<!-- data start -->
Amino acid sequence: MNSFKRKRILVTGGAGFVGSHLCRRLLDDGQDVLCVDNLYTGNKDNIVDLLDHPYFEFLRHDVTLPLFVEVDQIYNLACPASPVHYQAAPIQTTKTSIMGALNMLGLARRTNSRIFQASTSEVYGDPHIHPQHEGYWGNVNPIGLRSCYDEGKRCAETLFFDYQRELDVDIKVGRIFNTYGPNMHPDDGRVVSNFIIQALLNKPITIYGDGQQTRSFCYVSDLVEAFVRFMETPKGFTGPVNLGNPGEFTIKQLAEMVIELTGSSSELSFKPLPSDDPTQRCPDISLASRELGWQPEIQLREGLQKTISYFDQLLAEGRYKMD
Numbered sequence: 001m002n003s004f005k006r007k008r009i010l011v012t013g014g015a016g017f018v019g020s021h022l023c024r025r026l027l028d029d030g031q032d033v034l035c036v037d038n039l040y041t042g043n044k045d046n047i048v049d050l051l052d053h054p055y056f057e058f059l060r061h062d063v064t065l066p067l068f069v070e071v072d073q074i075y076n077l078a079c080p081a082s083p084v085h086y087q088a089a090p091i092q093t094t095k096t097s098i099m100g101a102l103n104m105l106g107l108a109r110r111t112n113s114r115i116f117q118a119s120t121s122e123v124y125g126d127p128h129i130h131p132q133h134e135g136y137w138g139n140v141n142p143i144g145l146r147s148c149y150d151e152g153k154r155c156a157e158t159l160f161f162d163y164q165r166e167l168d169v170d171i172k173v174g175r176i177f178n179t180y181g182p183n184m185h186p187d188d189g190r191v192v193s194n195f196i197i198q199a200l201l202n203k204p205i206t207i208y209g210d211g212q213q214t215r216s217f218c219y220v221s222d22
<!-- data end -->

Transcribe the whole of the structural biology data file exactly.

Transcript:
Amino acid sequence: MNSFKRKRILVTGGAGFVGSHLCRRLLDDGQDVLCVDNLYTGNKDNIVDLLDHPYFEFLRHDVTLPLFVEVDQIYNLACPASPVHYQAAPIQTTKTSIMGALNMLGLARRTNSRIFQASTSEVYGDPHIHPQHEGYWGNVNPIGLRSCYDEGKRCAETLFFDYQRELDVDIKVGRIFNTYGPNMHPDDGRVVSNFIIQALLNKPITIYGDGQQTRSFCYVSDLVEAFVRFMETPKGFTGPVNLGNPGEFTIKQLAEMVIELTGSSSELSFKPLPSDDPTQRCPDISLASRELGWQPEIQLREGLQKTISYFDQLLAEGRYKMD
Numbered sequence: 001m002n003s004f005k006r007k008r009i010l011v012t013g014g015a016g017f018v019g020s021h022l023c024r025r026l027l028d029d030g031q032d033v034l035c036v037d038n039l040y041t042g043n044k045d046n047i048v049d050l051l052d053h054p055y056f057e058f059l060r061h062d063v064t065l066p067l068f069v070e071v072d073q074i075y076n077l078a079c080p081a082s083p084v085h086y087q088a089a090p091i092q093t094t095k096t097s098i099m100g101a102l103n104m105l106g107l108a109r110r111t112n113s114r115i116f117q118a119s120t121s122e123v124y125g126d127p128h129i130h131p132q133h134e135g136y137w138g139n140v141n142p143i144g145l146r147s148c149y150d151e152g153k154r155c156a157e158t159l160f161f162d163y164q165r166e167l168d169v170d171i172k173v174g175r176i177f178n179t180y181g182p183n184m185h186p187d188d189g190r191v192v193s194n195f196i197i198q199a200l201l202n203k204p205i206t207i208y209g210d211g212q213q214t215r216s217f218c219y220v221s222d22